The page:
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View more articles by Dagyum Ji
Dagyum Ji is a senior NK News correspondent based in Seoul. She previously worked for Reuters TV.
North Korea’s chief negotiator Kim Myong Gil on Monday warned that a “terrible” event may take place should the U.S. fail to offer Pyongyang a better deal, claiming that the ball is now in Washington’s court to restart dialogue.
Speaking to reporters at Beijing Capital International Airport while en route home from working-level talks with the U.S. over the weekend, Kim reiterated his disappointment with the outcome of the negotiations and said that the Americans had been under-prepared for the meetings.
“The talks were sickening,” Kim was reported to have said by South Korea’s Yonhap News Agency, saying “it depends on the U.S. side if talks will be held hereafter.”
Working-level negotiations between North Korea and the U.S. took place at the Villa Elfvik Strand conference center just north of Stockholm on Saturday.
The two sides painted a contrasting picture of their ultimate outcomes, however, with Kim in a statement on Saturday evening reporting they had broken down and blaming the U.S.’s “outdated stance and attitude” for their failure.
The U.S. State Department, in contrast, said the talks had gone well and that they had accepted a Swedish proposal to “return to Stockholm to meet again in two weeks time, in order to continue discussions on all of the topics.”
Ambassador Kim on Monday firmly rejected that proposal, however.
“The U.S has made almost no method of calculation for around 100 days since the [DPRK-U.S.] meeting in Panmunjom, do you think they can make it within two weeks?” Kim asked reporters.
“Who knows what kind of terrible event can take place if the U.S. does not prepare properly? We will wait and see,” he added. “We had great expectations… but we are disappointed.”
DPRK leader Kim Jong Un in a speech in April urged the U.S. to come up with a new “methodology” in negotiations with North Korea — a demand frequently reiterated by the country’s diplomats in the run-up to Saturday’s talks.
The U.S. in the aftermath of those negotiations insisted it had “brought creative ideas” for their North Korean counterparts to consider.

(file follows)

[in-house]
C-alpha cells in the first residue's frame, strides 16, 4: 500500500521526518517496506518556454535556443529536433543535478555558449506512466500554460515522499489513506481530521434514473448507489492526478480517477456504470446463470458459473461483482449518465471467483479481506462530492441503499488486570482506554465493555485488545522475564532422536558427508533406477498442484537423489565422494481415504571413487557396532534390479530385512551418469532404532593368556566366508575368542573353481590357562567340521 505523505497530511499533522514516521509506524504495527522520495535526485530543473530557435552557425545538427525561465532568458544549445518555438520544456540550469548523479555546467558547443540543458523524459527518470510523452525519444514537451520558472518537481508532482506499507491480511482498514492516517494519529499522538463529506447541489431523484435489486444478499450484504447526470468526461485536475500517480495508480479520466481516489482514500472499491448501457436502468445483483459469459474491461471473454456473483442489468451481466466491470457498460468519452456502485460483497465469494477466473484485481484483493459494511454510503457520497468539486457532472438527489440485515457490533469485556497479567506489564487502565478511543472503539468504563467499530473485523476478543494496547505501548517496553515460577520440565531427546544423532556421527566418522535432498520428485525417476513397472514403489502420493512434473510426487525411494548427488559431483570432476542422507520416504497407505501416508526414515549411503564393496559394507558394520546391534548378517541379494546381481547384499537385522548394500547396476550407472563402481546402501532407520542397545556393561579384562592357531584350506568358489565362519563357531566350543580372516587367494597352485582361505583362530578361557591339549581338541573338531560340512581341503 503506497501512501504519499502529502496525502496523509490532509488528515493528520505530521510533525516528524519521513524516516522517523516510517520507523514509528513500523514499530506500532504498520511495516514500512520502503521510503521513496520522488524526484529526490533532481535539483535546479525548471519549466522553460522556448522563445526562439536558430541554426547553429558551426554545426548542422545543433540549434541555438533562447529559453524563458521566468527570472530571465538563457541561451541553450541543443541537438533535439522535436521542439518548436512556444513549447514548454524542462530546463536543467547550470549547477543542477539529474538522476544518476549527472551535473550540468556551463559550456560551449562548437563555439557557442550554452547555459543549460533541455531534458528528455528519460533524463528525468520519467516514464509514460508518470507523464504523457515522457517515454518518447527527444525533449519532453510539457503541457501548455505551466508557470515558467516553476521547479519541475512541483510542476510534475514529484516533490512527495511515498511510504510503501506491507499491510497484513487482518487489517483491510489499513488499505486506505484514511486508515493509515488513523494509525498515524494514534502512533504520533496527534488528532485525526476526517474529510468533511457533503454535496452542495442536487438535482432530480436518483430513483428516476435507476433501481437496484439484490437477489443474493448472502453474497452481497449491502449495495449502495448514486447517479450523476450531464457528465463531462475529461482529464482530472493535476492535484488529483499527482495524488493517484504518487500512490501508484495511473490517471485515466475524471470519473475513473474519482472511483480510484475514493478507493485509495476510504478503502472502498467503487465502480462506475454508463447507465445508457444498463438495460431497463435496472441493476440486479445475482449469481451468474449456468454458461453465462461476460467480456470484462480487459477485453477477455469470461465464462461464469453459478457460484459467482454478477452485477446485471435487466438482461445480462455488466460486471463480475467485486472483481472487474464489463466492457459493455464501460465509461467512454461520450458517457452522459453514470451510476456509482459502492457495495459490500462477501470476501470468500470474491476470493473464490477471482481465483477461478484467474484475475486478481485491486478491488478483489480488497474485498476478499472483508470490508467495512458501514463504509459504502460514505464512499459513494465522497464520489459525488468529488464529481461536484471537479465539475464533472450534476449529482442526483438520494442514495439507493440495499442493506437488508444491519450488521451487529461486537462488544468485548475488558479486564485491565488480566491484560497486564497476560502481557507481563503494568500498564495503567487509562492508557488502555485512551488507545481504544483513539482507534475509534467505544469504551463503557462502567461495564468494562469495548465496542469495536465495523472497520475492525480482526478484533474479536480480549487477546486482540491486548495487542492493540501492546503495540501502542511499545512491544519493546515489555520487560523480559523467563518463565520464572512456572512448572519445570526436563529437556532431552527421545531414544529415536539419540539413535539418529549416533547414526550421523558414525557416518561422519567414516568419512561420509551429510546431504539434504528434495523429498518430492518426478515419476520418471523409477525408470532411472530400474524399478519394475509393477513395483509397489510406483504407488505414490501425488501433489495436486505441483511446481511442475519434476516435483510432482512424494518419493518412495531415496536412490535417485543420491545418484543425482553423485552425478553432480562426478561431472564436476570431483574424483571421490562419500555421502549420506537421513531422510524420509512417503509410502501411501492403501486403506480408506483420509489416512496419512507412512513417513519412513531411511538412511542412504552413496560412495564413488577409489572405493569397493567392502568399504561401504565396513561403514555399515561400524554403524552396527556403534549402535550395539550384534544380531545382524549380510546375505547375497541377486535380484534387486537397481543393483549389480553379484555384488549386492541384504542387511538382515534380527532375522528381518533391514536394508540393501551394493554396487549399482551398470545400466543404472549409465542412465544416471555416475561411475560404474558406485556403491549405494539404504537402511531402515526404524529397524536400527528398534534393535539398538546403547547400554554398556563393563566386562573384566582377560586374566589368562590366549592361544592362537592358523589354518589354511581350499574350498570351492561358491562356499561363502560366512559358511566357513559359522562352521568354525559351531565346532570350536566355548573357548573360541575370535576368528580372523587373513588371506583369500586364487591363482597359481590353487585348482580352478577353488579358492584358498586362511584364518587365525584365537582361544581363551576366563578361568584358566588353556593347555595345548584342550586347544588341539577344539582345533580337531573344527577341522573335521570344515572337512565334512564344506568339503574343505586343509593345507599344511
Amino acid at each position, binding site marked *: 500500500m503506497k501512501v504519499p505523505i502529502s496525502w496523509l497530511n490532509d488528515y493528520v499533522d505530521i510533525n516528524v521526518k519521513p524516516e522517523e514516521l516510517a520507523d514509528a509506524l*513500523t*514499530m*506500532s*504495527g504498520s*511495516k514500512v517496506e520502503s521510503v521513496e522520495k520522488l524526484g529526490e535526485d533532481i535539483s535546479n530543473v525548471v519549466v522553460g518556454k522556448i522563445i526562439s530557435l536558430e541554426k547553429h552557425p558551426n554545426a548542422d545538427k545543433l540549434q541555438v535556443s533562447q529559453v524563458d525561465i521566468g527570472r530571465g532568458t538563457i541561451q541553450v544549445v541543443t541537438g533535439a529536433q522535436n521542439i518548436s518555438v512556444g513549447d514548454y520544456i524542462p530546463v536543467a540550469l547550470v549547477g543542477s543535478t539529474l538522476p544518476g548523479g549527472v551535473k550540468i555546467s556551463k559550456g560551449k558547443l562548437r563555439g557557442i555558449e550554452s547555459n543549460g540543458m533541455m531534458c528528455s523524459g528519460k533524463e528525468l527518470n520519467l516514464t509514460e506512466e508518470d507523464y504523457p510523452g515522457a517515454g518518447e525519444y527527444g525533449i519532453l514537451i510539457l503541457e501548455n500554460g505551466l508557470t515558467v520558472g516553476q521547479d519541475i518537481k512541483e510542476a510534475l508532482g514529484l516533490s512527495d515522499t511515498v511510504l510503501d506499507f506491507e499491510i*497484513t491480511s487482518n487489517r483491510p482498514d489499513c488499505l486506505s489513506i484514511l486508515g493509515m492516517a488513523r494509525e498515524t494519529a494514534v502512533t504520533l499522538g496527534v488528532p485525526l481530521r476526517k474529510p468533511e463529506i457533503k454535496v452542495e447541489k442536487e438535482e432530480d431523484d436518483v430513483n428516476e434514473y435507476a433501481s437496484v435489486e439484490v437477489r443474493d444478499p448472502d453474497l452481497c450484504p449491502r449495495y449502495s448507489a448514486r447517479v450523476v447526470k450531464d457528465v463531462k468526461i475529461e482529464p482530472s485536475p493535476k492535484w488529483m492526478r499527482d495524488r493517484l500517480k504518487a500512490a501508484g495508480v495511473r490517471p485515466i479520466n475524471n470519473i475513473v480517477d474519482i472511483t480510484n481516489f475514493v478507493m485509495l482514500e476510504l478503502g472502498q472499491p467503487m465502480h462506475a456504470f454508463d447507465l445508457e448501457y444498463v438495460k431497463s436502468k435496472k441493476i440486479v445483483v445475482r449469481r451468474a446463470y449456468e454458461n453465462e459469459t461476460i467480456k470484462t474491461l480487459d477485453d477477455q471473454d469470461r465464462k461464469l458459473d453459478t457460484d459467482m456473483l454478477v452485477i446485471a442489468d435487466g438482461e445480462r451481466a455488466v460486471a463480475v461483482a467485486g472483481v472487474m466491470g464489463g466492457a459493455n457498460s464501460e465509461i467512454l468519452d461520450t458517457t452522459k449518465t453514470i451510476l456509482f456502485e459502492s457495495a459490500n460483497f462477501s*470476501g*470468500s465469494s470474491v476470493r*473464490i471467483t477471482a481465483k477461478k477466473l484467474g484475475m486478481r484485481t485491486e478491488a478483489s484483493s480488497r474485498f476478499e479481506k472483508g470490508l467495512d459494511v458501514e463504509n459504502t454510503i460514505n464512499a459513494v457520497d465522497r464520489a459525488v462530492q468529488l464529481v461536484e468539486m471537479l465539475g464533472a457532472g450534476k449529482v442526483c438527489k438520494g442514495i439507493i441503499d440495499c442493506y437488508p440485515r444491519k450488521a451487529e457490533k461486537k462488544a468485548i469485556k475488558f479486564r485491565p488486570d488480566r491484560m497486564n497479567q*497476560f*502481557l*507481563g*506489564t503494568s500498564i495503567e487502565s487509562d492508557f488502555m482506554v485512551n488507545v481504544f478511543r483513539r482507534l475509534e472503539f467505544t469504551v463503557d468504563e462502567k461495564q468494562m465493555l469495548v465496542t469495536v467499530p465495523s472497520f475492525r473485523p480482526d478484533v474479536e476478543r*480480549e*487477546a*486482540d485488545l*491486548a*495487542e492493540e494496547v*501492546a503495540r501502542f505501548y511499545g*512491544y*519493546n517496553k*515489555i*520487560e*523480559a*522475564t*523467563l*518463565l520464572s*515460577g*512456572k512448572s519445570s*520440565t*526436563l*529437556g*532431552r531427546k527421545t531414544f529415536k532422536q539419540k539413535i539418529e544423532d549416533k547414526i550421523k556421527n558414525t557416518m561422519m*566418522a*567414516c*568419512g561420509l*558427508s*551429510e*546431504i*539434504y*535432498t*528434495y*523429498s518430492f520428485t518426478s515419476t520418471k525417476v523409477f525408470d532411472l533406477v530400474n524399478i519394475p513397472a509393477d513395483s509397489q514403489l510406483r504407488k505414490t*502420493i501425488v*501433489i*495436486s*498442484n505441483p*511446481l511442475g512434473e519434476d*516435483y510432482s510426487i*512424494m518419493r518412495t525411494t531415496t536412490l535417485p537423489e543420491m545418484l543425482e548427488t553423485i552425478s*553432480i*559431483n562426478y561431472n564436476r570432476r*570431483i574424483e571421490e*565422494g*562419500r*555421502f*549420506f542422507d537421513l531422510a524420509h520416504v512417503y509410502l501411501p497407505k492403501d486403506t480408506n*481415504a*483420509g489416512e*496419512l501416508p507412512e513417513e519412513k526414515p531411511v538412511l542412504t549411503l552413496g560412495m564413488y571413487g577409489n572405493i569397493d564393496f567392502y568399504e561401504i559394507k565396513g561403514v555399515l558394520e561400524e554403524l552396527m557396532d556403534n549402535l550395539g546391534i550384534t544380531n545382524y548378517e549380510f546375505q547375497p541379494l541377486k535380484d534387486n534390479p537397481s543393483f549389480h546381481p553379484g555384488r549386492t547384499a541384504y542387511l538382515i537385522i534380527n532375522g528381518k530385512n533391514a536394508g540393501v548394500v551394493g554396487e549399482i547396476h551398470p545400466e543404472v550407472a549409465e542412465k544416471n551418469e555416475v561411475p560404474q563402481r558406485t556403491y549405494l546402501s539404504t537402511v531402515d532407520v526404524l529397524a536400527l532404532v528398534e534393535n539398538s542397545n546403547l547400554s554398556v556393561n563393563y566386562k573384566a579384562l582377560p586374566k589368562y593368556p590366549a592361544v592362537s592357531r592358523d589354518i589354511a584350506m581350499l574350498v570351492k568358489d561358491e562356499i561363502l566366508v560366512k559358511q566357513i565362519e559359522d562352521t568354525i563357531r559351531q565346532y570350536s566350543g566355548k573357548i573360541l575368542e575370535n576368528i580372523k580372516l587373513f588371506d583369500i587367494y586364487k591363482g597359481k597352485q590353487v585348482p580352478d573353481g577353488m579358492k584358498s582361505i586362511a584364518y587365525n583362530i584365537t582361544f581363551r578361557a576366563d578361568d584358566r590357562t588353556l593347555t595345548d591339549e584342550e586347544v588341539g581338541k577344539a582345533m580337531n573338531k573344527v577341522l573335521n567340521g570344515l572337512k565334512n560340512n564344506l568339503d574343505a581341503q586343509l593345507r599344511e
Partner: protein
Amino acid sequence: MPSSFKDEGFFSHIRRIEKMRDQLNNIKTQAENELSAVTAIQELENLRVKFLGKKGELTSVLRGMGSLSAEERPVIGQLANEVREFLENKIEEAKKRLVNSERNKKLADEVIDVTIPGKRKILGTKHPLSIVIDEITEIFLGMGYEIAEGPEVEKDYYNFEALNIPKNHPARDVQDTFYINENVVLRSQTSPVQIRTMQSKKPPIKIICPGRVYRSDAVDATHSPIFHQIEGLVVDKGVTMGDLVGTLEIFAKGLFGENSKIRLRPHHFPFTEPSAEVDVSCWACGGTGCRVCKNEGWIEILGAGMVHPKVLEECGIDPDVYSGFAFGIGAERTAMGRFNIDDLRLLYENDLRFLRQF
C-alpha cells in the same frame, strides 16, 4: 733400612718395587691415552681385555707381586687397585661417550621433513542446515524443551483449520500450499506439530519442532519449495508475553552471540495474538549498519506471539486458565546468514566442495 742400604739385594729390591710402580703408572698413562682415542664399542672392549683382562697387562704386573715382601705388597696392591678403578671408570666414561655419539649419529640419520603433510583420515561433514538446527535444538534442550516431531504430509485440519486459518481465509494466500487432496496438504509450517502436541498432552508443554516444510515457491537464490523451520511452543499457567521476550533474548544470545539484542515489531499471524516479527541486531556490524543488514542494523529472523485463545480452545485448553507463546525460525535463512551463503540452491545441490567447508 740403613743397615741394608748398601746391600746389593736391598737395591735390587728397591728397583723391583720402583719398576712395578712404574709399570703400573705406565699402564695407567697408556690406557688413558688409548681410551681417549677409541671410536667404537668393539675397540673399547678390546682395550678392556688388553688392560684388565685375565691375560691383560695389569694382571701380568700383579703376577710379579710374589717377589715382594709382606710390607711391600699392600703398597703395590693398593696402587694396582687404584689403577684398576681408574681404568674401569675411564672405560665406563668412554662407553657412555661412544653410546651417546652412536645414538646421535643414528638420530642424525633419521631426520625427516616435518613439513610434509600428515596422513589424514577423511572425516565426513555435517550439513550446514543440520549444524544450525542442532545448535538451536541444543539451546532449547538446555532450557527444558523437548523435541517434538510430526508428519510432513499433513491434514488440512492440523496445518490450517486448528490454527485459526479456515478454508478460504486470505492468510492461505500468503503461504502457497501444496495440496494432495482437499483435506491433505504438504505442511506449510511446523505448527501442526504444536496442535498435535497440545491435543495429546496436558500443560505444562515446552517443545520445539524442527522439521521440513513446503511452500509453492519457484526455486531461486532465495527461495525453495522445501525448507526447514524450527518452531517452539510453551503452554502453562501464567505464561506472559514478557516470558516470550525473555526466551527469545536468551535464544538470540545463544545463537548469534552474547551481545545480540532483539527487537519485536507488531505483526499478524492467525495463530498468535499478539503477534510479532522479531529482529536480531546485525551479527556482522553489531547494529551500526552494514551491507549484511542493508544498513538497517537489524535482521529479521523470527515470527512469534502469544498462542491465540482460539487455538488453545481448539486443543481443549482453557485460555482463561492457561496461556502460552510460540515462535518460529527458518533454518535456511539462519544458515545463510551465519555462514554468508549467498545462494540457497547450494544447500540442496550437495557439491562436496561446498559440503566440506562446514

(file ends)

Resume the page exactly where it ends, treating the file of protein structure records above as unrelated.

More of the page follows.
But ambassador Kim rejected that claim on Monday, saying it was “not consistent with the facts.”
“We expected a new proposal from the U.S., and we prepared a lot,” he said, saying that the U.S. had come to the talks “entirely empty-handed.”
Speaking at the impromptu press conference, Kim on Monday said it was up to the U.S. whether diplomacy between the two countries continued.
Asked what kind of the U.S. proposal the North would accept, the top DPRK diplomat would not directly comment, instead saying that Pyongyang has made clear what wants from nuclear talks.
In the wake of Saturday’s failed talks, North Korea’s Ministry of Foreign Affairs (MFA) stressed the country has no intention to hold negotiations with the U.S. unless it “takes a substantial step to make complete and irreversible withdrawal of the hostile policy toward the DPRK.”
“Dealings between the DPRK and the U.S. may immediately come to an end,” a foreign ministry spokesperson said, if the U.S. continued to adhere to the “old scenario” and failed to come up with “new calculation method.”
The North has “clearly identified the way for solving the problem,” the MFA said, adding that the U.S.’s attitude will decide the fate of the future DPRK-U.S. dialogue and that “the end of this year is its deadline.”
Following news that DPRK-U.S. working-level negotiations had broken down, South Korea’s Ministry of Foreign Affairs (MOFA) announced that South Korean chief nuclear negotiator Lee Do-hoon would visit Washington DC between Monday and Thursday.
Lee, who serves as Special Representative for Korean Peninsula Peace and Security Affairs, is set to meet with U.S. counterpart, Special Representative for North Korea Stephen Biegun.
Biegun and Lee are expected to “discuss ways for both countries to work together for substantive progress in complete denuclearization and establishment of permanent peace on the Korean peninsula,” the MOFA said.
Lee’s trip to Washington DC will also see him meet with Director-General of the Japanese foreign ministry’s Asian and Oceanian Affairs Bureau Takizaki Shigeki. The two will then hold a trilateral meeting with Biegun.
Despite the outcomes of this weekend’s talks, South Korea’s Ministry of Unification (MOU) on Monday said the talks had meant that “both sides confirmed each other’s position more clearly.”
“There is no need to hastily fluctuate between hopes and fears after only one meeting as the two sides resumed talks to solve issues through dialogue,” MOU spokesperson Lee Sang-min told media during a regular briefing.
Edited by Oliver Hotham
Featured image: KCNA